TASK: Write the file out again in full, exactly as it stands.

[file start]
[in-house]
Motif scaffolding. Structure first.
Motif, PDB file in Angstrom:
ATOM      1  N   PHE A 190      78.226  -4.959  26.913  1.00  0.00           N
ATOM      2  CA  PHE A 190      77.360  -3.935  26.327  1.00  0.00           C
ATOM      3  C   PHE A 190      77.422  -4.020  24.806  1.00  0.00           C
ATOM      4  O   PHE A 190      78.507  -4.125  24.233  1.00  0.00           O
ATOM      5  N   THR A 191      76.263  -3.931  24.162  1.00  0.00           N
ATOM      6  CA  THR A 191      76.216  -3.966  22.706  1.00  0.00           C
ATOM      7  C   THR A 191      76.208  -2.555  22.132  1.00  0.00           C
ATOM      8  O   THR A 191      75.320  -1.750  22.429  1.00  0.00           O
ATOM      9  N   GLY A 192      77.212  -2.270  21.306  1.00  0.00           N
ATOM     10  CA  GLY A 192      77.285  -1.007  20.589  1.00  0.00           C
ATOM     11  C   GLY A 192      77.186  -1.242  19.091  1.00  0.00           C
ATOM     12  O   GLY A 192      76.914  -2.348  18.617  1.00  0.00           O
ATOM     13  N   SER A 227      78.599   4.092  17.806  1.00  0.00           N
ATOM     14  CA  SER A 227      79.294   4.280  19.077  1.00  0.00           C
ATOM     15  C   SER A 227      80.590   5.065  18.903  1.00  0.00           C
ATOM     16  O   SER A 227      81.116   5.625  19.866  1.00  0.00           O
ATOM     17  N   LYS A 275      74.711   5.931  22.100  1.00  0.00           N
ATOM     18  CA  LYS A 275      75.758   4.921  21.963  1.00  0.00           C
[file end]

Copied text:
[in-house]
Motif scaffolding. Structure first.
Motif, PDB file in Angstrom:
ATOM      1  N   PHE A 190      78.226  -4.959  26.913  1.00  0.00           N
ATOM      2  CA  PHE A 190      77.360  -3.935  26.327  1.00  0.00           C
ATOM      3  C   PHE A 190      77.422  -4.020  24.806  1.00  0.00           C
ATOM      4  O   PHE A 190      78.507  -4.125  24.233  1.00  0.00           O
ATOM      5  N   THR A 191      76.263  -3.931  24.162  1.00  0.00           N
ATOM      6  CA  THR A 191      76.216  -3.966  22.706  1.00  0.00           C
ATOM      7  C   THR A 191      76.208  -2.555  22.132  1.00  0.00           C
ATOM      8  O   THR A 191      75.320  -1.750  22.429  1.00  0.00           O
ATOM      9  N   GLY A 192      77.212  -2.270  21.306  1.00  0.00           N
ATOM     10  CA  GLY A 192      77.285  -1.007  20.589  1.00  0.00           C
ATOM     11  C   GLY A 192      77.186  -1.242  19.091  1.00  0.00           C
ATOM     12  O   GLY A 192      76.914  -2.348  18.617  1.00  0.00           O
ATOM     13  N   SER A 227      78.599   4.092  17.806  1.00  0.00           N
ATOM     14  CA  SER A 227      79.294   4.280  19.077  1.00  0.00           C
ATOM     15  C   SER A 227      80.590   5.065  18.903  1.00  0.00           C
ATOM     16  O   SER A 227      81.116   5.625  19.866  1.00  0.00           O
ATOM     17  N   LYS A 275      74.711   5.931  22.100  1.00  0.00           N
ATOM     18  CA  LYS A 275      75.758   4.921  21.963  1.00  0.00           C